Sitting is the New Smoking?

It is no secret that leading sedentary lifestyle can have a dramatic negative impact on overall health. The World Health Organization reports that too much time spent sitting can lead to an increased risk of diabetes, heart disease, and is a factor in more than 3 million deaths each year. But let’s face it, it is easy to spend more time sitting than we should. An 8 hour work day, potentially coupled with a commute, is typical for a full-time professional. Of course, you must also consider those lazy evenings spent in front of the television, and the modern conveniences that allow us to accomplish tasks online that would have previously gotten us moving. Though this is lifestyle is increasingly common, experts agree that it is a recipe for health issues later in life.

There is a silver lining! New research published in The Lancet, a peer-reviewed medical journal, suggests that there is an opportunity to use physical activity to correct the damage caused by a sedentary lifestyle. In fact, researchers offer up a simple formula to help us figure out how much exercise we need: one hour of moderate activity for every eight hours spent sitting. The data indicates that those who participate in more physical activity have better health outcomes than even those who sit less throughout the day but do not exercise as much.

For those among us for whom a sedentary lifestyle is unavoidable, this is great news. If you still doubt that you will be able to drag yourself to the gym for an hour after work, there is even more good news: Researchers believe that the activity will be just as effective if you spread it out throughout your day. In an article for the Washington Post, researcher Ulf Ekelund, of the Norwegian School of Sports Medicine, is quoted saying, “[All available evidence suggests that the one hour can be done in shorter intervals. My personal opinion is that every single minute of activity counts.”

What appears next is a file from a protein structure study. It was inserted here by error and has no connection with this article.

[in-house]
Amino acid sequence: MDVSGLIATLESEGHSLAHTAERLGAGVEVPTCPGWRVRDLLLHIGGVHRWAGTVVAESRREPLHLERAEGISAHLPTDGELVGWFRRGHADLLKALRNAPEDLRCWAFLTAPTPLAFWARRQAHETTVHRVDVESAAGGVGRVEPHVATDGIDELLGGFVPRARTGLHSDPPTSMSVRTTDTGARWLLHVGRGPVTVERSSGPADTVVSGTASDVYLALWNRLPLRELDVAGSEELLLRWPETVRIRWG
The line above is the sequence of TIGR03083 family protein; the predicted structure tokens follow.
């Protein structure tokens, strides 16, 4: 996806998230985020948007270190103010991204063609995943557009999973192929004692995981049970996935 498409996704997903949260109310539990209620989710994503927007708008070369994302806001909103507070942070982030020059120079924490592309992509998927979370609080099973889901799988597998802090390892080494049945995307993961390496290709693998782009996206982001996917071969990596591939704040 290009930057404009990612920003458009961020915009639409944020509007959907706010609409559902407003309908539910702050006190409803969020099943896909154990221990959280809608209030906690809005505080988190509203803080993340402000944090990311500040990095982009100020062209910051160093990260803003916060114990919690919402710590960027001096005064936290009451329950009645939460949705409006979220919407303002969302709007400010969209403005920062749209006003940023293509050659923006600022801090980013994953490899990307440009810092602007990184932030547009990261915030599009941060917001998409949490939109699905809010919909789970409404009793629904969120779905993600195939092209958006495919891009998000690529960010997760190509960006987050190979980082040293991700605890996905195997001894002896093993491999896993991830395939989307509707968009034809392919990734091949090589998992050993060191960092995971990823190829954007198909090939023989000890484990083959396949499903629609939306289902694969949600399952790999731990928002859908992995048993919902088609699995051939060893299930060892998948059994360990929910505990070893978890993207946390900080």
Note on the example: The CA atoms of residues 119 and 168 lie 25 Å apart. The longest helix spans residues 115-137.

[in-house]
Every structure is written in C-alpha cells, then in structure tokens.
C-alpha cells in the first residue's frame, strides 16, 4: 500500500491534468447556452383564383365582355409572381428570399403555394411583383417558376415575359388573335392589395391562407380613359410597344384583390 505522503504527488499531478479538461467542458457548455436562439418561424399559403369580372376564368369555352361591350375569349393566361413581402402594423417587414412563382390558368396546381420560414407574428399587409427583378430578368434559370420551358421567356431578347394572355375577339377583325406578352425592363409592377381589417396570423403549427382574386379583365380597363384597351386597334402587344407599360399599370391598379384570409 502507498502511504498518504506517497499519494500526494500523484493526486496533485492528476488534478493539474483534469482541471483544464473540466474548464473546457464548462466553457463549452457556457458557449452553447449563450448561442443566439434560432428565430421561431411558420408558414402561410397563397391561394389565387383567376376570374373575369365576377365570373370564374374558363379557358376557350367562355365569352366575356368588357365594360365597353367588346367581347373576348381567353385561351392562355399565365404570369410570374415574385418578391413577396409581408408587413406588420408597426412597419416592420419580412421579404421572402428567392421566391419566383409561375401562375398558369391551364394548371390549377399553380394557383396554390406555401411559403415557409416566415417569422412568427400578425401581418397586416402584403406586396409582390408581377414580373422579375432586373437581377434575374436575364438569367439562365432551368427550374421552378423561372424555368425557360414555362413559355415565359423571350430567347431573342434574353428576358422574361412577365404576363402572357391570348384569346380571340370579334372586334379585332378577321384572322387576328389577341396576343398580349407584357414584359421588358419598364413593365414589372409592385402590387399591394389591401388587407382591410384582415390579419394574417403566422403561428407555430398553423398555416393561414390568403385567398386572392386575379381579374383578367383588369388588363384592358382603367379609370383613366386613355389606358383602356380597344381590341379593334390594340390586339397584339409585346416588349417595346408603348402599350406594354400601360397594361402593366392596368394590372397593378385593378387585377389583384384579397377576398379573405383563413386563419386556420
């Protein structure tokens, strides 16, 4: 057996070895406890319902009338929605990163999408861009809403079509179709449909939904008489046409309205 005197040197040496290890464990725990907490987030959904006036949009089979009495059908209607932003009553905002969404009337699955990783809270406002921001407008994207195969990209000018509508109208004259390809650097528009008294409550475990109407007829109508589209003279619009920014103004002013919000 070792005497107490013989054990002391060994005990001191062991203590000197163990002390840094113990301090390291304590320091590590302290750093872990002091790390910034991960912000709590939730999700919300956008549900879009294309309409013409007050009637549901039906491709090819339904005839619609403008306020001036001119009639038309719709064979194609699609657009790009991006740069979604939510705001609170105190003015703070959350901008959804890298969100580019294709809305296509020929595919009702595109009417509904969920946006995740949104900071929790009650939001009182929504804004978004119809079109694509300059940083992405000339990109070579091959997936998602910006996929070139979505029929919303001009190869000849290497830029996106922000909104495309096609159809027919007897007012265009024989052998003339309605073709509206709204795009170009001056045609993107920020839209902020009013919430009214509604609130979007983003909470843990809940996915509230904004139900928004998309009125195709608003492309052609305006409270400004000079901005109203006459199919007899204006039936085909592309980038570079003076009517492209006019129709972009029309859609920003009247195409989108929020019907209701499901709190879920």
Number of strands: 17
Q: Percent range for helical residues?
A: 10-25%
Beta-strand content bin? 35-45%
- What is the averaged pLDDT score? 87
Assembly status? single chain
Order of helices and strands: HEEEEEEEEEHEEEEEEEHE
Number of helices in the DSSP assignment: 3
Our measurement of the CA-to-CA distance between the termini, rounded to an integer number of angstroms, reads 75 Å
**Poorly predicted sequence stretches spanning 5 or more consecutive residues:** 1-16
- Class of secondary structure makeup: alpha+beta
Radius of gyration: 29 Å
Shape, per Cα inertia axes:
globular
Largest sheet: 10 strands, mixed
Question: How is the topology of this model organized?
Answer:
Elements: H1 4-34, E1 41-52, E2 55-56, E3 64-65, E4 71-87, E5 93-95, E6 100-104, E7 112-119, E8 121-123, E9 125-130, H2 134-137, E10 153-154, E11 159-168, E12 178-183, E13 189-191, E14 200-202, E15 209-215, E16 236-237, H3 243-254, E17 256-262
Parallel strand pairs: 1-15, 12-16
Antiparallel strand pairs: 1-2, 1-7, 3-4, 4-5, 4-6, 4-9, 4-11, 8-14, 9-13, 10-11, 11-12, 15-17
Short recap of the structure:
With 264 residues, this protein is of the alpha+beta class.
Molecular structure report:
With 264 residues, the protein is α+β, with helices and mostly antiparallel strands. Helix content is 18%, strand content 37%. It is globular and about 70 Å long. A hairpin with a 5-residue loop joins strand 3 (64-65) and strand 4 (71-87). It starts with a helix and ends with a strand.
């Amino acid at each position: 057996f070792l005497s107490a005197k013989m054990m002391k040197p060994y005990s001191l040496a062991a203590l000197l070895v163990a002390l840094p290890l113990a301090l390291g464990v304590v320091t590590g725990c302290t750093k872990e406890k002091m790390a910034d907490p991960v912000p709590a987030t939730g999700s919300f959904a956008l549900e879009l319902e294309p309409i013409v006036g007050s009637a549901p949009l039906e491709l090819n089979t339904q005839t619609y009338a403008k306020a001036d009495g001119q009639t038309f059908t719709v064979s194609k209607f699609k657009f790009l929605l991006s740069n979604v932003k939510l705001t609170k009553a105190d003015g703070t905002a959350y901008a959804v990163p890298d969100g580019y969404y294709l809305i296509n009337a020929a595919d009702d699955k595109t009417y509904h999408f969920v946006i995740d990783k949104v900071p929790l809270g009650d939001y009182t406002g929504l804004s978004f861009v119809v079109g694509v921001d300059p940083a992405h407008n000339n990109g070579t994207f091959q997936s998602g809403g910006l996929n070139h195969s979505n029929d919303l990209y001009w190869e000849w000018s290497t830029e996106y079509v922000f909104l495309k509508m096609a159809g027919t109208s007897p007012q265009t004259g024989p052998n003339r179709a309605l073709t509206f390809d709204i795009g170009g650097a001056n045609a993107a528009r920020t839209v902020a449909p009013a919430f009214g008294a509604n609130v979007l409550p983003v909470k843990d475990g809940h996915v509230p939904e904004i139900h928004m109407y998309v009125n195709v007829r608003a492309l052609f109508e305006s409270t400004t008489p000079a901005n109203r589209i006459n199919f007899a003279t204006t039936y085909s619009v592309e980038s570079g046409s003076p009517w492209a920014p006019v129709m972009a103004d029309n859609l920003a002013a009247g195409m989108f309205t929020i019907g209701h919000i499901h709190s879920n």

Find ways to make movement a part of your day, so that your visits to the gym do not seem so daunting. Finish off your lunch break with a brisk fifteen minute walk, complete a short body-weight circuit during commercial breaks, or get the whole office moving with this fun conference room workout! Also, notice that researchers are promoting the benefits of moderate exercise for your health, so no need to choose an hour of vigorous exercise if you do not like it, or if you are just getting in to regular exercise. With optimal health in mind, put the focus on choosing workouts that you enjoy, planning little ways to move throughout the day, and staying consistent.